Still, however, wishing to preserve his incognito, he resolved to remain for some days, at the inn, until he should obtain a remittance from his banker. He wrote accordingly, and gave the letter to the landlord, that he might send it to the nearest post town. By this awkward circumstance, Mr. John Johnson was reduced almost to his last sovereign, and the appearances which he chose to assume for the preservation of his incognito, rendered it improbable that many persons would be willing to afford him a long credit.
He spent several days within the cover of his apartment-talking with his landlord on the state of the country, and listening with that fascinating curiosity which attracts interest even while it inspires apprehension, to numberless tales of Rockite murders, post-boys shot from behind hedges, and houses burned about the ears of the inmates. These narratives contributed, together with the terrific accounts put forward in the alarmist newspapers, to increase his fears a hundred-fold, and to make him regret that he had ever ventured his life among so murderous a generation.
He regretted it still more acutely, when, after a second application to his banker, he received no answer nor acknowledgment of his letter. This circumstance was peculiarly annoying, as, during his sojourn here, he had not rendered himself a favourite with the people of the inn. The air of superiority which Lord Ulla was accustomed to assume, sometimes unconsciously manifested itself in the demeanour of Mr. John Johnson, and the landlord began to feel indignant at his complaints of smoking chimneys, and draughts, and undressed dinners. "Set him up with cookery, indeed!" his guest heard him say, as he left the apartment on one occasion, "I wish I was sure of getting my money for what's past and gone. What I'm thinking is, that the nobles are down to fourpence with him."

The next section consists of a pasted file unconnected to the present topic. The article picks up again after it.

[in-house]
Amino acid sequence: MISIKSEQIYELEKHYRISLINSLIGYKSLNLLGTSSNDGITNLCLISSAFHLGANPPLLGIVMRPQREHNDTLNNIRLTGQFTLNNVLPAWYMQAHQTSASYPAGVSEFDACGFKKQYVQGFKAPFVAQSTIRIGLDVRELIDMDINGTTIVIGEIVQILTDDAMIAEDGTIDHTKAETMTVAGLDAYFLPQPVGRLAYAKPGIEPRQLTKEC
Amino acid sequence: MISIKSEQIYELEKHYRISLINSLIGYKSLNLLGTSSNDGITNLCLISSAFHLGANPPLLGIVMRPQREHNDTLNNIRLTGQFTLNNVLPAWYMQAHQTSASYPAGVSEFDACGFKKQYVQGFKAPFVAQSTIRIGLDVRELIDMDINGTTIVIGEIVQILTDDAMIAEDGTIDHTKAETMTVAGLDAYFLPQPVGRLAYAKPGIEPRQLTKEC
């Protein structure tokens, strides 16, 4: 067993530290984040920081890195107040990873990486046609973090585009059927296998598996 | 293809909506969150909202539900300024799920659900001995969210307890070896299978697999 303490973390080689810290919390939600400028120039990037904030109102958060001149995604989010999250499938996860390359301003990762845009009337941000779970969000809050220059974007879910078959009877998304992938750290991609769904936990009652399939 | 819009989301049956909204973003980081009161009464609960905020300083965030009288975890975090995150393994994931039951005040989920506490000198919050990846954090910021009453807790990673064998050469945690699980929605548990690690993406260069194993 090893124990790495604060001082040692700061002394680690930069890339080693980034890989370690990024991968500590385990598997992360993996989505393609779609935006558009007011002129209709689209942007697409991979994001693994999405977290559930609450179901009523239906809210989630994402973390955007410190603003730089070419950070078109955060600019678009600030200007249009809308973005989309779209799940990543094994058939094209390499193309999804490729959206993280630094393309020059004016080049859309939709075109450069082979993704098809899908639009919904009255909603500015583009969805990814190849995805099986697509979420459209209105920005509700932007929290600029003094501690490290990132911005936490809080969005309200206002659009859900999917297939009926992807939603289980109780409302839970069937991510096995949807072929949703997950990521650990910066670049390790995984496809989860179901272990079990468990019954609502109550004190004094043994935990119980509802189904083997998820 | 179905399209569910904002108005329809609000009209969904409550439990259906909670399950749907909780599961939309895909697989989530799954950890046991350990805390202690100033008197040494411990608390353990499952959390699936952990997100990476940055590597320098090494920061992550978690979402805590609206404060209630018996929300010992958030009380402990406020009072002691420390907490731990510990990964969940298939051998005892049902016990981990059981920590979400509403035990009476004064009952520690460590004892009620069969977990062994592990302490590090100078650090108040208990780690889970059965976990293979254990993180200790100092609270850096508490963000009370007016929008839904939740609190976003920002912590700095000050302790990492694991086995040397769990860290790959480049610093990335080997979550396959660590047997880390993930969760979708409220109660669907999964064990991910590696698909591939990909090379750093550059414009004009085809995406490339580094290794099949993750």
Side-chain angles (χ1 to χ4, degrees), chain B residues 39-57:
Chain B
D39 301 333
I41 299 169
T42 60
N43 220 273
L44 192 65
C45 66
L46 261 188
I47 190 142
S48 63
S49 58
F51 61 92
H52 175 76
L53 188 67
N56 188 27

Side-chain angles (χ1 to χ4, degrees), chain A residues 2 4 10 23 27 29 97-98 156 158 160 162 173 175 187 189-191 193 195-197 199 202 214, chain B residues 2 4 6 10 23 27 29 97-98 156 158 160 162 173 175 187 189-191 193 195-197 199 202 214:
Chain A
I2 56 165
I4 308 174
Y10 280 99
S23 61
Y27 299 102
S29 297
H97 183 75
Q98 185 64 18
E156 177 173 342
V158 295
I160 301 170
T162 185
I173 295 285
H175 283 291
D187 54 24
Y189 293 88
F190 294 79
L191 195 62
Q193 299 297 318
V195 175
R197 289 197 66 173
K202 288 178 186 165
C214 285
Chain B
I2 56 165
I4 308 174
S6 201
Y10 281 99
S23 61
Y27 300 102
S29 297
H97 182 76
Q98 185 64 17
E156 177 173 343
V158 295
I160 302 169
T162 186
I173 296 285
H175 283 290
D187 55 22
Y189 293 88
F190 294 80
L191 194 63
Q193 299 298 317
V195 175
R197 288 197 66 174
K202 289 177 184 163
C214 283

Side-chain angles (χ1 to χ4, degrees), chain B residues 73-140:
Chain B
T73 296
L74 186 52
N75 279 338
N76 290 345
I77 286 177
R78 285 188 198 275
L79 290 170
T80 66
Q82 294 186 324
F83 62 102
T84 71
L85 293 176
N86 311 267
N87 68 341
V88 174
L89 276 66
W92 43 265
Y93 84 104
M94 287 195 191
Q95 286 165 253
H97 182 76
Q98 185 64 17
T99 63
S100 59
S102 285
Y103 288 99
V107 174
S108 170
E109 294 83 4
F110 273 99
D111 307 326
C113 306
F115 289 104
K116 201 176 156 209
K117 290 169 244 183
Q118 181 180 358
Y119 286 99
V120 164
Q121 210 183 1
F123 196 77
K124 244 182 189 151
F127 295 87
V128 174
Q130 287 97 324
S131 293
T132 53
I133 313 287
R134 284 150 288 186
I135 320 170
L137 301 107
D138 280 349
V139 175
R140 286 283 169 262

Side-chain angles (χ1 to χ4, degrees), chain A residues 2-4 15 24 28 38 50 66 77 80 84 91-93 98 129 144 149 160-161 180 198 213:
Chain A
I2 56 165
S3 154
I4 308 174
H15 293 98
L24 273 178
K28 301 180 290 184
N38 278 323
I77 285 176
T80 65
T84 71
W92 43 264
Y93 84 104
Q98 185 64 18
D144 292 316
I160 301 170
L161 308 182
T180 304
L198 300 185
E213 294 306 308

One morning, Mr. John Johnson was seated at
the breakfast table, on which was placed a quantity of material, sufficient to make a considerable company contented. This profusion has always a strange appearance in the eyes of an Englishman who is accustomed to the Lilliputian frugality that is manifested in the service of a London coffeehouse. The door suddenly opened, and the landlord advanced to the table.
“I'd take it as a favour, sir," he said, "if you'd oblige me with the loan of five pounds. There's a neat cow below street at the cant, and I'll want beef against the gentlemen come to the races."
Mr. John Johnson could not conceal his confusion.
"I should be most happy to accommodate you," said he, “but, upon my honour, I-I-am quite drained at present. If a few days would answer—”
"No, sir-'twould not answer," the man replied gruffly, "who ever heard of a cow being canted for a few days running?”
"Perhaps," said Mr. Johnson, "if you send your man to the office he would find a letter there for me?"
"Long ago this morning, sir, my man was at the office, and there's nothing for you. I'm tired of sending to the office for you. I'm sorry to say it, Mr. Johnson, but I'm afraid 'tis humbugging me you are, sir.”